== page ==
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Health claims on food labels and in food marketing are claims by manufacturers of food products that their food will reduce the risk of developing a disease or condition. For example, it is claimed by the manufacturers of oat cereals that oat bran can reduce cholesterol, which will lower the chances of developing serious heart conditions.


Law in the United StatesEdit

In the United States, these claims, usually referred to as "qualified health claims", are regulated by the Food and Drug Administration (FDA) in the public interest.[1]

The rule in place before 2003 required "significant scientific consensus" before a claim could be made, applying characterization of a hierarchy of degrees of certainty:

  • A: "There is significant scientific agreement for [the claim]."
  • B: "Although there is some scientific evidence supporting [the claim], the evidence is not conclusive."
  • C: "Some scientific evidence suggests [the claim]. However, the FDA has determined that this evidence is limited and not conclusive."
  • D: "Very limited and preliminary scientific research suggests [the claim]. The FDA concludes that there is little scientific evidence supporting this claim."

See the Wikipedia article on dietary supplements for a description of current FDA policy.

Canadian LawsEdit

European LawsEdit

In the United Kingdom, the law requires that any health claim on food labels must be true and not misleading. Food producers may optionally use the (Discontinued in 2010) Joint Health Claims Initiative to determine whether their claims are likely to be legally sustainable.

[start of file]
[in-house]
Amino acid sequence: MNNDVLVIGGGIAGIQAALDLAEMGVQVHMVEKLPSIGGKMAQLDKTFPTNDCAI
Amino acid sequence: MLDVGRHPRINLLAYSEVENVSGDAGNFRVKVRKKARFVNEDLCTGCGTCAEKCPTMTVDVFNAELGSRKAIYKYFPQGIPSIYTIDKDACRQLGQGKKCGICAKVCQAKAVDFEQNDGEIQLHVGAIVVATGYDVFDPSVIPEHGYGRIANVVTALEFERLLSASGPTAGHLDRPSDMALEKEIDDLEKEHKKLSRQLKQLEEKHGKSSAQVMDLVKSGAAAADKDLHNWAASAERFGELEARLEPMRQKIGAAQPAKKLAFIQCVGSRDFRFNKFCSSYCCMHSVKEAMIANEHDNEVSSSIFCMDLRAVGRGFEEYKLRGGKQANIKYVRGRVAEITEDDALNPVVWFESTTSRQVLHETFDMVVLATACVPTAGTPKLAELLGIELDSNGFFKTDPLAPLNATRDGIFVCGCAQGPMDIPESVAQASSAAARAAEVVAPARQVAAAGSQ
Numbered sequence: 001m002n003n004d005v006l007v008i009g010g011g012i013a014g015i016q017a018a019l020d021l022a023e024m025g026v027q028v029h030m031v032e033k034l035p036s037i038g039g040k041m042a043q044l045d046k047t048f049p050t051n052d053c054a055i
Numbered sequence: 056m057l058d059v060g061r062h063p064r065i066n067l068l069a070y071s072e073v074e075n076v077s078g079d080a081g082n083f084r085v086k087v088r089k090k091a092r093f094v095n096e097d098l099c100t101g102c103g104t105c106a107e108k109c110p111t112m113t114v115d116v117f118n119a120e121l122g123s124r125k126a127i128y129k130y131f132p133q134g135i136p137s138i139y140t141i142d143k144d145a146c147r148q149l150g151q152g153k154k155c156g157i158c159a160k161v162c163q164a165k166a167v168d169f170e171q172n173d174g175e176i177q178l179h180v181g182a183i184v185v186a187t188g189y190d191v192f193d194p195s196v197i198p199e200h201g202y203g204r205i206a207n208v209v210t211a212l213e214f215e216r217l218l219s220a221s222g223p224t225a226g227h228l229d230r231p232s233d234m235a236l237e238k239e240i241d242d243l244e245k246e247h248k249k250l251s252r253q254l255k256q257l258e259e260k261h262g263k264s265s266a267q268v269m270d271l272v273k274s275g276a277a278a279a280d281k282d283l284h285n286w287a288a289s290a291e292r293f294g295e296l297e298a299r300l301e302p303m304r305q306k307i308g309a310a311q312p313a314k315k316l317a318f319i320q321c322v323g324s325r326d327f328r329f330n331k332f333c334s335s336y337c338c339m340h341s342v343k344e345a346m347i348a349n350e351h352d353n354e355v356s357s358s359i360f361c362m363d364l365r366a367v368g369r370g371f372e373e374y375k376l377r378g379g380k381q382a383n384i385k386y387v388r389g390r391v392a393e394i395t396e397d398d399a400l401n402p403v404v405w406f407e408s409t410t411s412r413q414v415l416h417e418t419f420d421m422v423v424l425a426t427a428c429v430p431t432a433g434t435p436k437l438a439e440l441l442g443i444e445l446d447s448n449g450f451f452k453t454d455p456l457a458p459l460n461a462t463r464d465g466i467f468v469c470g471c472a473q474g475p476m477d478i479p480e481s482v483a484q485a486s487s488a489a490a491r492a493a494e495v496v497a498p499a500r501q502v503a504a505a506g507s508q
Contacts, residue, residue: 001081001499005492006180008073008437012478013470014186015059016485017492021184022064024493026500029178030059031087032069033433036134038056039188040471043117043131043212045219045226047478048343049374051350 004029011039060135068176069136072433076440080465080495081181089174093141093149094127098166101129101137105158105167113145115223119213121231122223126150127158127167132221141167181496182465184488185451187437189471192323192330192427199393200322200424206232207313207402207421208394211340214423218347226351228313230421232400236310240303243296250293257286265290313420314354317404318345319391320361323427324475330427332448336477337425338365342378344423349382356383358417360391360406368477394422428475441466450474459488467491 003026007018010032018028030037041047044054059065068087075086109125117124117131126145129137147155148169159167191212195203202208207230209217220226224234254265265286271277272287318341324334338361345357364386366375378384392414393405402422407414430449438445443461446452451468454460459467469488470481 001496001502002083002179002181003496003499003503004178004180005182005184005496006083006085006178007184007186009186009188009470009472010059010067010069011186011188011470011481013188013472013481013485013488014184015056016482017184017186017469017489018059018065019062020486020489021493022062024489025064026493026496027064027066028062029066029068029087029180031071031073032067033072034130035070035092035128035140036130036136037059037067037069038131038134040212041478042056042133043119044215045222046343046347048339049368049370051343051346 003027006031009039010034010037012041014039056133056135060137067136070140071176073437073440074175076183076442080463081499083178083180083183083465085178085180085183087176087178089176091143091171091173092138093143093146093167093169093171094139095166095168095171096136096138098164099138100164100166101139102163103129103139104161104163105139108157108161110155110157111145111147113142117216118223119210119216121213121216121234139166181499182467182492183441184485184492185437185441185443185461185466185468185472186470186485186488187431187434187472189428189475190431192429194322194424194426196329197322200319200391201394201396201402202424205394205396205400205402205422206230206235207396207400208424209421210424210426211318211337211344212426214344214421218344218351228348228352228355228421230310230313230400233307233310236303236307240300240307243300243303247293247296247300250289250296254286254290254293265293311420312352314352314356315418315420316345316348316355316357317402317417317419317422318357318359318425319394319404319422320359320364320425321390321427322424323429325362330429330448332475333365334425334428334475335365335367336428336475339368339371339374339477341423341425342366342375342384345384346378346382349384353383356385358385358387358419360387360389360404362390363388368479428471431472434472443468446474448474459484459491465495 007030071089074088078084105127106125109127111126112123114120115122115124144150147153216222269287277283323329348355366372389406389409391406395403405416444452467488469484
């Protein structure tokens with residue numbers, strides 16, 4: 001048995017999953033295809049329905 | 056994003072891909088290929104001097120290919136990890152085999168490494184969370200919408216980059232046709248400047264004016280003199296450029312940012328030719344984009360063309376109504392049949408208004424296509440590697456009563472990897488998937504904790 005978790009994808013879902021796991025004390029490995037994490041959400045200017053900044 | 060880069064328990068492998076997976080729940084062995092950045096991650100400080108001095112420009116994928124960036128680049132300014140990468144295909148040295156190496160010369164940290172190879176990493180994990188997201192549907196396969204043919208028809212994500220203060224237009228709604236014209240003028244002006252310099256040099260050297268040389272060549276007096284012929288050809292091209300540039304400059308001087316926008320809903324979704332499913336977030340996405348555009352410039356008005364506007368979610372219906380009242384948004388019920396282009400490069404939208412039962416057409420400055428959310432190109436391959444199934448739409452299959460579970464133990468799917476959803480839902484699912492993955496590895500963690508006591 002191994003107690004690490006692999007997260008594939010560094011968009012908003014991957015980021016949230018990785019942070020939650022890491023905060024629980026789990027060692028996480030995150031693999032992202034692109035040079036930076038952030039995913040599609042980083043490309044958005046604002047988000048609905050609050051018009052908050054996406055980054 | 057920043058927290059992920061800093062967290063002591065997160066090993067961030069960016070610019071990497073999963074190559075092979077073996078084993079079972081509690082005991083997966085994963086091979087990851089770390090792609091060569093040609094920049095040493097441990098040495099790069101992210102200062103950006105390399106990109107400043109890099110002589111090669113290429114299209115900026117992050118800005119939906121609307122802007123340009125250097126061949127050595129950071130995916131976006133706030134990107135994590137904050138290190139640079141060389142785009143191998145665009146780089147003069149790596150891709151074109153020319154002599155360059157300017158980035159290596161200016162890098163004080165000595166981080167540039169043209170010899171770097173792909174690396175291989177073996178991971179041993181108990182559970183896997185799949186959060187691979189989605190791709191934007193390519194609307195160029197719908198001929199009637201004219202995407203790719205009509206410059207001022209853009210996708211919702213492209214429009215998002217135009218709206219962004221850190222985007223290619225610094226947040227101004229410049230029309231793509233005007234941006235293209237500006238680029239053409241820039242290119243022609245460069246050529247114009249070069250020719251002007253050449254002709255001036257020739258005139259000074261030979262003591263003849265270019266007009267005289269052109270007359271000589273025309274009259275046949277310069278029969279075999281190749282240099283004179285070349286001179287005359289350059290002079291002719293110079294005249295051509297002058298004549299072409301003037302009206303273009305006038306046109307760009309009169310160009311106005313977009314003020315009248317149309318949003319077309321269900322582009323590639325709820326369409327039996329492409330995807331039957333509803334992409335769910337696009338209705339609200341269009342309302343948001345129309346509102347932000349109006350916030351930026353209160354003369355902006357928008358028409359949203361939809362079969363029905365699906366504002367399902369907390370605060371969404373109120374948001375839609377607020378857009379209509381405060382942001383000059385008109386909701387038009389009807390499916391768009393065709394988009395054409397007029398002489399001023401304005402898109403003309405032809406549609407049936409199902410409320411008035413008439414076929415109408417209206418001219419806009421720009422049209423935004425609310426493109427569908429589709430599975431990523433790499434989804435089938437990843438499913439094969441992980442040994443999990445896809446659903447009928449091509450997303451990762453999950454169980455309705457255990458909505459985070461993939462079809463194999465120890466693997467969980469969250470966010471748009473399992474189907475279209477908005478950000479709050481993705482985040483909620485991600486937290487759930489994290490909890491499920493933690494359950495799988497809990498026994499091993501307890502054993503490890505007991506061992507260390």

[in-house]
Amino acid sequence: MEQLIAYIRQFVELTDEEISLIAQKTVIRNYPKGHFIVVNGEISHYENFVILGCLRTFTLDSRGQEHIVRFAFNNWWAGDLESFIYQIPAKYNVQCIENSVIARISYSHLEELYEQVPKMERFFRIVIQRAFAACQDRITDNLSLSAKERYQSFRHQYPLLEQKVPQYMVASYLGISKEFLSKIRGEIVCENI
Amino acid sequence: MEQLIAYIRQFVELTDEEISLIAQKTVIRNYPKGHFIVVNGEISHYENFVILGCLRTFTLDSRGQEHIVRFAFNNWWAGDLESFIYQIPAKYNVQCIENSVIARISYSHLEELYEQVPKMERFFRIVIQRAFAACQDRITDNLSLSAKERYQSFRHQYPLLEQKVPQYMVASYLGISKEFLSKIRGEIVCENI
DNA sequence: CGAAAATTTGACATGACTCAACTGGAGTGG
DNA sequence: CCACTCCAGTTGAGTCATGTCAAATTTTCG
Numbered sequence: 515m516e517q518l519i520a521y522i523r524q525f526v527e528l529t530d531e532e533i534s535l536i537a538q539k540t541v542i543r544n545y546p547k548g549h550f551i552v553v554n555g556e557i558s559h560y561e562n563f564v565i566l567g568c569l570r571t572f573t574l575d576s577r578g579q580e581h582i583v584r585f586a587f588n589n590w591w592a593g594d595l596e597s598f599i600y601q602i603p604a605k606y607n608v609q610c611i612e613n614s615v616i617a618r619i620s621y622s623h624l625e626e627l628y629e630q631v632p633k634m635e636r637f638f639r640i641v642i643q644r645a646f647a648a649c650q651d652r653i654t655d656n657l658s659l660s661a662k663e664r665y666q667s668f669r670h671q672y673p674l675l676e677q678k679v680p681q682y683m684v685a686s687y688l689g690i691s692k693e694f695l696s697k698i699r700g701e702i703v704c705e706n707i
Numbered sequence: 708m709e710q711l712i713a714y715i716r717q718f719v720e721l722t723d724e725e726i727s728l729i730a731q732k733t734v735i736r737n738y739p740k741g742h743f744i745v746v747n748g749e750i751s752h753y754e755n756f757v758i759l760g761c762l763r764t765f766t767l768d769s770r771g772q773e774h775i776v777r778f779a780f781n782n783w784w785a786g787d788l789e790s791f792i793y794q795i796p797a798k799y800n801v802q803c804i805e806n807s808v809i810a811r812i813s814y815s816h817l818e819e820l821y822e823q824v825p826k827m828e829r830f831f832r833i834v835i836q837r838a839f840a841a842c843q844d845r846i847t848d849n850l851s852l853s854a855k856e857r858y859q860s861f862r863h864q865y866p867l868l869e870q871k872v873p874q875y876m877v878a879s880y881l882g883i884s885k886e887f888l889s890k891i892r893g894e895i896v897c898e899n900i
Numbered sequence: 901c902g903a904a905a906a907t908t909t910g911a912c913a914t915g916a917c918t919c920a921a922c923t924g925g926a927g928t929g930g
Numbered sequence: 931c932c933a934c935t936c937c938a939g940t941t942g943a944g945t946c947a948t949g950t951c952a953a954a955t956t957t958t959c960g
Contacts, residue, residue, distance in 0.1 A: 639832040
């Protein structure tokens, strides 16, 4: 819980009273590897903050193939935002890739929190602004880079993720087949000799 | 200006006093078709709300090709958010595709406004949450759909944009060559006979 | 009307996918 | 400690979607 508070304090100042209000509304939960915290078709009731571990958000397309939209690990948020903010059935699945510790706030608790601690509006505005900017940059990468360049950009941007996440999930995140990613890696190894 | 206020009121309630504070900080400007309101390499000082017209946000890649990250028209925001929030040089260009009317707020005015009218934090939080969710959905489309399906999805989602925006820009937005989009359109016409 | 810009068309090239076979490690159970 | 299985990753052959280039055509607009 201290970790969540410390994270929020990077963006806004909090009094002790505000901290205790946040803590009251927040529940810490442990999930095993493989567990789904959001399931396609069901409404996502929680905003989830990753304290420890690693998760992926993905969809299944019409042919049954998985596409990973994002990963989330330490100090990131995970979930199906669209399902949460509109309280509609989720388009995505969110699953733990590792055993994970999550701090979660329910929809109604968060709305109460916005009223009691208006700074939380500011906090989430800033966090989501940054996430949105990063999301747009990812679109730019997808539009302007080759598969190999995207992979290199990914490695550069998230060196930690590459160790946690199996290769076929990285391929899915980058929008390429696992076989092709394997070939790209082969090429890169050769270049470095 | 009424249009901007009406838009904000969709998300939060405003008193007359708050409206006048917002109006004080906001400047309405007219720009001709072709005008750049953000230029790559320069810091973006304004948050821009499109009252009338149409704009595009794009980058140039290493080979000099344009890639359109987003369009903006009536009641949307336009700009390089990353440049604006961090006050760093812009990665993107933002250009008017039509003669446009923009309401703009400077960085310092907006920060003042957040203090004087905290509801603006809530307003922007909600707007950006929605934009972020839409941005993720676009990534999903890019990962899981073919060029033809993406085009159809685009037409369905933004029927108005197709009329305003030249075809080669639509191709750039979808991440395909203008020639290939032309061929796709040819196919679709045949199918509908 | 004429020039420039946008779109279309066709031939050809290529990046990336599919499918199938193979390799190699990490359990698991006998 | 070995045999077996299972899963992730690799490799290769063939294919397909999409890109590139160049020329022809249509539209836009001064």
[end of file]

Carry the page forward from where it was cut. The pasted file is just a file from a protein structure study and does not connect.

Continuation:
In early 2005 the European PASSCLAIM project (Process for the Assessment of Scientific Support for Claims on Foods), sponsored by the European Union and coordinated by ILSI-Europe (, ended. The aim of this project was to develop criteria for the scientific substantiation of claims on foods. Several hundreds of scientists from academia, research institutes, government and industry have contributed to the project. All the resulting papers can be downloaded for free from The final consensus paper, comprising the final set of criteria, has been published in June 2005 in the European Journal of Nutrition.[2]

An overview of current and future situations on health claims in the European Union including proposals, press releases and memos can be found on the European Commission website:

All approved EU health claims translated into various European language available on

See alsoEdit


External linksEdit